Naming names: Making spreadsheet inputs play nice

One big difference between the spreadsheets that decision makers use and those that bean counters use is the desire and ability to play “what-if.” That means you’ll have inputs that you’ll want to change to see how that affects things. These are unknowns either because they represent a choice you have to make or some factor outside your control.

Take an example. A couple of posts back, the one about bucket brigade formulas, I showed a spreadsheet to figure how much money you’d have each year if you started with $10,000 and it grew at 4% each year. You might ask, “What if I invested $20,000? What if it grew only 3% per year?” Make these kinds of numbers inputs so you can change them and see what happens. You can control the amount you invest, so try different amounts and see what you’ll get. You can’t control what your investments pay, so try different amounts and visualize possible future outcomes depending on luck.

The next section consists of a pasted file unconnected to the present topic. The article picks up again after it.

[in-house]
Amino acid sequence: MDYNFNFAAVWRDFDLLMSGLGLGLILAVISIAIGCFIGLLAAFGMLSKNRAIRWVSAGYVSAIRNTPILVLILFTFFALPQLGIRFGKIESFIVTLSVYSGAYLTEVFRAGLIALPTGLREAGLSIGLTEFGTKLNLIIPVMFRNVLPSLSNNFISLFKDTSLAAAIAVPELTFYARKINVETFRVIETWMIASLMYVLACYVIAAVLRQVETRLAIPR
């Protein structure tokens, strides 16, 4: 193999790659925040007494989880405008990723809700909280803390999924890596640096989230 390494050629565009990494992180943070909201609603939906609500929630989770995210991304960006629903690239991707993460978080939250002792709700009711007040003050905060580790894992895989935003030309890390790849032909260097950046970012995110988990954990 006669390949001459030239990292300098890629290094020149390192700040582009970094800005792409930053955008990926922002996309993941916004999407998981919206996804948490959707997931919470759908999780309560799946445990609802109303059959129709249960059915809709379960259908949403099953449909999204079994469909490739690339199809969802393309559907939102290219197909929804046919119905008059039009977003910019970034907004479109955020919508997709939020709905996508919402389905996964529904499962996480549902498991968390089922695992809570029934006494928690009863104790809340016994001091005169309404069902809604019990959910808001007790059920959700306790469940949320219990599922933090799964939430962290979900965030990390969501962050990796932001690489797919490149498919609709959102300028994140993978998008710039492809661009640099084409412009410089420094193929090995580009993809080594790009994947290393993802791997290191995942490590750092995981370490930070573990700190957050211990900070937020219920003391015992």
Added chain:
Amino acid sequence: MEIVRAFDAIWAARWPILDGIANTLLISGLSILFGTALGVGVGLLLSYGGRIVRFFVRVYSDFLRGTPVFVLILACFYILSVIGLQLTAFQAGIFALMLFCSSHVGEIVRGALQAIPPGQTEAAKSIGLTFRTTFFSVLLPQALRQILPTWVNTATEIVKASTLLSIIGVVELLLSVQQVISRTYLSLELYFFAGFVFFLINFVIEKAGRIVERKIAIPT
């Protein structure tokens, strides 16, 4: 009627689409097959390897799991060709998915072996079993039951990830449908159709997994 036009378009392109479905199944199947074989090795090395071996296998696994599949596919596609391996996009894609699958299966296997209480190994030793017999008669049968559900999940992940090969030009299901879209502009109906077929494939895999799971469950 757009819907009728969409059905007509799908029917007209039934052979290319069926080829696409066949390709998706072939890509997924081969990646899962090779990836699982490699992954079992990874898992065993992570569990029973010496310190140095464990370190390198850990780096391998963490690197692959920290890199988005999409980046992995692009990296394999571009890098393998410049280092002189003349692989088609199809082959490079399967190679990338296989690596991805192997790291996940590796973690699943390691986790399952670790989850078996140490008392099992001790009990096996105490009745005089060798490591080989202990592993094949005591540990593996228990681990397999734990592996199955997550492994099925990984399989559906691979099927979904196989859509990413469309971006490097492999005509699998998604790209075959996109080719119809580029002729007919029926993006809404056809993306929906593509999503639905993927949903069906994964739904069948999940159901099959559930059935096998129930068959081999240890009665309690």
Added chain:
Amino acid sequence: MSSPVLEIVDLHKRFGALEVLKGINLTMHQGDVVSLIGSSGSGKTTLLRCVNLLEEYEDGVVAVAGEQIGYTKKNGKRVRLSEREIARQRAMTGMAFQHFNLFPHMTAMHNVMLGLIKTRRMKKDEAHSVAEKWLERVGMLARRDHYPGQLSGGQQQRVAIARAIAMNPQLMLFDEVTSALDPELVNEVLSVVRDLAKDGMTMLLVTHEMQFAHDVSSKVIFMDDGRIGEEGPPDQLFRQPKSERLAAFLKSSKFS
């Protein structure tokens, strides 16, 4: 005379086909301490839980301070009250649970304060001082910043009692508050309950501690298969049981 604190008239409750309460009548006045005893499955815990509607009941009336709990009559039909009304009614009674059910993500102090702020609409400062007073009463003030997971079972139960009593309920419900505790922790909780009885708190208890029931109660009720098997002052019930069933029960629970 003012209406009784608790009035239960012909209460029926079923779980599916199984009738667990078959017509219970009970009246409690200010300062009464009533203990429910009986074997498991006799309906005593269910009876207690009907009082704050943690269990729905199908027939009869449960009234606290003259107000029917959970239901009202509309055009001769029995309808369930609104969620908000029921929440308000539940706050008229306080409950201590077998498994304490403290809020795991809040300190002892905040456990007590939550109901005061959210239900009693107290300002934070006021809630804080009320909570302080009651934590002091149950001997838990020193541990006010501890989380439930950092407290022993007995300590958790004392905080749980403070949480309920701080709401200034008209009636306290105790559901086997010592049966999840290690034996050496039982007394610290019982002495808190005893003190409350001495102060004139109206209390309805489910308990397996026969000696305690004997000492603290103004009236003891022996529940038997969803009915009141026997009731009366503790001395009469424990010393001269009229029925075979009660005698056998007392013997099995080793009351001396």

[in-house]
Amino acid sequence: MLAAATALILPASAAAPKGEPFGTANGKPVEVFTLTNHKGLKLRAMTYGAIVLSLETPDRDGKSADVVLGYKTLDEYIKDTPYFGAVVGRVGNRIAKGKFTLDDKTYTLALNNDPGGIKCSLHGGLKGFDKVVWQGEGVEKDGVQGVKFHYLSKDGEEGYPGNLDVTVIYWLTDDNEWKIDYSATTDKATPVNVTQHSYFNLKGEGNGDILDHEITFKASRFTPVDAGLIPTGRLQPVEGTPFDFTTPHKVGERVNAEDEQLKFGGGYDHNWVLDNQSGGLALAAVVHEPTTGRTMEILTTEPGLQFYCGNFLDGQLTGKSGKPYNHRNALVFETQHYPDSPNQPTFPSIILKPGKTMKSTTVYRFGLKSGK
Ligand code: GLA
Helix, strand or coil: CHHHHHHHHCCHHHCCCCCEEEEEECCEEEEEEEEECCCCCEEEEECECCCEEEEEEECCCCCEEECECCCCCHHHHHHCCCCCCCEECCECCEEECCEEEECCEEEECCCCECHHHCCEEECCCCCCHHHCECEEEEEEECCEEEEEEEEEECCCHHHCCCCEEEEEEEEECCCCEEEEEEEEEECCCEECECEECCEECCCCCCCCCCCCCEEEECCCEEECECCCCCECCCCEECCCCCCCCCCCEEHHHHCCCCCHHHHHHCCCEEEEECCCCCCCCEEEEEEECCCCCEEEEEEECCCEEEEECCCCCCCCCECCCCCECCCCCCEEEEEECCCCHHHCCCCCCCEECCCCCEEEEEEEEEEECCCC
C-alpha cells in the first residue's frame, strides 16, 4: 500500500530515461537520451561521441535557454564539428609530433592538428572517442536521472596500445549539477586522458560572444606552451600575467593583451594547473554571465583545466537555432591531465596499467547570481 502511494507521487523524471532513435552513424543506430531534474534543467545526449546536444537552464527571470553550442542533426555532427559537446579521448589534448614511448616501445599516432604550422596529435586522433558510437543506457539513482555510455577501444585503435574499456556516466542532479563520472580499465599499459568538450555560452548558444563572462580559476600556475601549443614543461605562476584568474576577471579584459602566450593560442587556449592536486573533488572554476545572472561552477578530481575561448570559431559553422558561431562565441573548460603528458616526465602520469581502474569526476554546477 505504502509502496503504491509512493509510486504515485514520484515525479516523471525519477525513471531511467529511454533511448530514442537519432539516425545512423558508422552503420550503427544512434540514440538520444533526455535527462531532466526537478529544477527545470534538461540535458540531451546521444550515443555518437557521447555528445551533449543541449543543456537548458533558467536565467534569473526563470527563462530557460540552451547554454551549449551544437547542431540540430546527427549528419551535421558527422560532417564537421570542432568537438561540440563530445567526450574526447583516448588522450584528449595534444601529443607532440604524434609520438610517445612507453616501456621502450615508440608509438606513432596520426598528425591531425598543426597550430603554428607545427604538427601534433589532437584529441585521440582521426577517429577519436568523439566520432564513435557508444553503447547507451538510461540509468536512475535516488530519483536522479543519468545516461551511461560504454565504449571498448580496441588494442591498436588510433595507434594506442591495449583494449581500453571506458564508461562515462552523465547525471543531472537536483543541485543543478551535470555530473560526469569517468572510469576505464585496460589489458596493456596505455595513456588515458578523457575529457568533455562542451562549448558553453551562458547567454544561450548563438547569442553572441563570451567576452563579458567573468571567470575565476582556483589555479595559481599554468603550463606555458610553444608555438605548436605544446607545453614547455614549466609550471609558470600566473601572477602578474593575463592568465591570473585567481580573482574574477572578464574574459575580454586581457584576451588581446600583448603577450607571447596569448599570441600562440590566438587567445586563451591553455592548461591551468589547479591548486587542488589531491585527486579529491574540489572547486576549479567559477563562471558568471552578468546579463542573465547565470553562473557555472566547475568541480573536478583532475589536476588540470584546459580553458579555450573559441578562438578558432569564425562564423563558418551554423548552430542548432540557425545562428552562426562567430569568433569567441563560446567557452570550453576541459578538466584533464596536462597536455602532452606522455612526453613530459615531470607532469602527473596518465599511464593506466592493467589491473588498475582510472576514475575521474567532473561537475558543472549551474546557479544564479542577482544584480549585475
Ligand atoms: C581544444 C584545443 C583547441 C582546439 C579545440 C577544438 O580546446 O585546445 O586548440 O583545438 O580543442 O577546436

Here you see a spreadsheet to do that. The inputs are on the top. Naming your inputs makes them play nice, as you’ll see. Here’s how to do it. Select the numbers and their descriptions (cells A1:B2 in this example). Then from the Insert menu, select Name > Create… You’ll get a dialog box asking if the names are on the left, which they are, so click OK. Do this before you write any formulas.

Now when you write your formulas by clicking, you’ll automatically get the names instead of the cell numbers. This makes your formula easier to read and interpret. Even better, when you AutoFill the formula down the column, your formulas won’t get confused. They’ll always use the right input. (If you want to get technical, Excel makes all the named inputs absolute references so you don’t have to. See Notice that the AutoFilled formula in B7 does exactly what you want it to do.

Now you’re ready to play what-if. Change the input numbers in cells B2 or B3 and watch the results.

What kinds of inputs have you used for your what-if spreadsheets?

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